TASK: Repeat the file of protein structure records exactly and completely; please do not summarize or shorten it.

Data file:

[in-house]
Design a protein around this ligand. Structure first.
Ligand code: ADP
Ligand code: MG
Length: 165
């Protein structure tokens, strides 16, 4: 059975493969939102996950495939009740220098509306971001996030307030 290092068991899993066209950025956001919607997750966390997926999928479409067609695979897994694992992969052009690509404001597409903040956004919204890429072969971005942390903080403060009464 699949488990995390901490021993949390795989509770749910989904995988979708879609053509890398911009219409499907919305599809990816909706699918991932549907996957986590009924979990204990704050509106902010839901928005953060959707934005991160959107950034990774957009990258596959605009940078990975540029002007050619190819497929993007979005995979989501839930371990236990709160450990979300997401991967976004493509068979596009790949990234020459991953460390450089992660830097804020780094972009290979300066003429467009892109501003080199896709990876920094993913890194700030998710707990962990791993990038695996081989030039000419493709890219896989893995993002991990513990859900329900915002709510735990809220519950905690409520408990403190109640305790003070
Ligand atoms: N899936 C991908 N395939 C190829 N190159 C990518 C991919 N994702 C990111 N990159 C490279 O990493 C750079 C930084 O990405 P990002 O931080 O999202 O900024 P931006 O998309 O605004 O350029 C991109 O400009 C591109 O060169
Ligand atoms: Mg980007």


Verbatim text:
[in-house]
Design a protein around this ligand. Structure first.
Ligand code: ADP
Ligand code: MG
Length: 165
């Protein structure tokens, strides 16, 4: 059975493969939102996950495939009740220098509306971001996030307030 290092068991899993066209950025956001919607997750966390997926999928479409067609695979897994694992992969052009690509404001597409903040956004919204890429072969971005942390903080403060009464 699949488990995390901490021993949390795989509770749910989904995988979708879609053509890398911009219409499907919305599809990816909706699918991932549907996957986590009924979990204990704050509106902010839901928005953060959707934005991160959107950034990774957009990258596959605009940078990975540029002007050619190819497929993007979005995979989501839930371990236990709160450990979300997401991967976004493509068979596009790949990234020459991953460390450089992660830097804020780094972009290979300066003429467009892109501003080199896709990876920094993913890194700030998710707990962990791993990038695996081989030039000419493709890219896989893995993002991990513990859900329900915002709510735990809220519950905690409520408990403190109640305790003070
Ligand atoms: N899936 C991908 N395939 C190829 N190159 C990518 C991919 N994702 C990111 N990159 C490279 O990493 C750079 C930084 O990405 P990002 O931080 O999202 O900024 P931006 O998309 O605004 O350029 C991109 O400009 C591109 O060169
Ligand atoms: Mg980007």